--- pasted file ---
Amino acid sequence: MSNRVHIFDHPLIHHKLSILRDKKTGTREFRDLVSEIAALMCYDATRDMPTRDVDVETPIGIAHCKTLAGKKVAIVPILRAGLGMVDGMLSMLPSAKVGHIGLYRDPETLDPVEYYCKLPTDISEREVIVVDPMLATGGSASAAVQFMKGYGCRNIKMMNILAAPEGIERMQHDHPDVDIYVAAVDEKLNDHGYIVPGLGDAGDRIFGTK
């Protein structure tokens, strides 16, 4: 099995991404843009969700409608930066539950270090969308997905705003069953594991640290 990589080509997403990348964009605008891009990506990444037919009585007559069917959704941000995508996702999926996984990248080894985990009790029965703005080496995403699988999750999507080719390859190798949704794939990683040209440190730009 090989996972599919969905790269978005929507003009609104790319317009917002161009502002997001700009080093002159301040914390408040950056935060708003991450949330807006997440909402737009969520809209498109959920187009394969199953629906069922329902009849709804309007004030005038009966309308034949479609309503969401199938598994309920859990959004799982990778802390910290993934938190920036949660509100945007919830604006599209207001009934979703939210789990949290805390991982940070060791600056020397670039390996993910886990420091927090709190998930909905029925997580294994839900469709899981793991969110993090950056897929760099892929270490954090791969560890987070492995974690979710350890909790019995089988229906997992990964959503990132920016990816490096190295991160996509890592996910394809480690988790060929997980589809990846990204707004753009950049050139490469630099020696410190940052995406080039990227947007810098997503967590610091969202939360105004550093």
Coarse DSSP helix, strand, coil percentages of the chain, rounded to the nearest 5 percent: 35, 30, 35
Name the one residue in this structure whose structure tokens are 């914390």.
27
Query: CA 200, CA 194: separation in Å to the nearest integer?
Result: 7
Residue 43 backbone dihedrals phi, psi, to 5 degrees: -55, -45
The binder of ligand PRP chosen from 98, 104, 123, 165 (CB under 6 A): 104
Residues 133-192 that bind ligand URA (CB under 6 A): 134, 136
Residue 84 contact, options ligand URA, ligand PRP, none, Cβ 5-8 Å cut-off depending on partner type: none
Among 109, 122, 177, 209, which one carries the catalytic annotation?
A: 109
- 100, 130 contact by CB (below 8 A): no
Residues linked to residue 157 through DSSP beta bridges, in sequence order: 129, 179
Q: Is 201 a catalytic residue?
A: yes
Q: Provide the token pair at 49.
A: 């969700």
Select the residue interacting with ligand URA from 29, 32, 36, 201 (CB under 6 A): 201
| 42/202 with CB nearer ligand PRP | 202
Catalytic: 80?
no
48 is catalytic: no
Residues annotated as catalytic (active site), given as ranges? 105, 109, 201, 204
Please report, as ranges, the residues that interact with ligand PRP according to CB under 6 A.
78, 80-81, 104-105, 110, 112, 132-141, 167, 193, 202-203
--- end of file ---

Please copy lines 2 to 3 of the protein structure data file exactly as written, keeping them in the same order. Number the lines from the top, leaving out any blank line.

């Protein structure tokens, strides 16, 4: 099995991404843009969700409608930066539950270090969308997905705003069953594991640290 990589080509997403990348964009605008891009990506990444037919009585007559069917959704941000995508996702999926996984990248080894985990009790029965703005080496995403699988999750999507080719390859190798949704794939990683040209440190730009 090989996972599919969905790269978005929507003009609104790319317009917002161009502002997001700009080093002159301040914390408040950056935060708003991450949330807006997440909402737009969520809209498109959920187009394969199953629906069922329902009849709804309007004030005038009966309308034949479609309503969401199938598994309920859990959004799982990778802390910290993934938190920036949660509100945007919830604006599209207001009934979703939210789990949290805390991982940070060791600056020397670039390996993910886990420091927090709190998930909905029925997580294994839900469709899981793991969110993090950056897929760099892929270490954090791969560890987070492995974690979710350890909790019995089988229906997992990964959503990132920016990816490096190295991160996509890592996910394809480690988790060929997980589809990846990204707004753009950049050139490469630099020696410190940052995406080039990227947007810098997503967590610091969202939360105004550093």
Coarse DSSP helix, strand, coil percentages of the chain, rounded to the nearest 5 percent: 35, 30, 35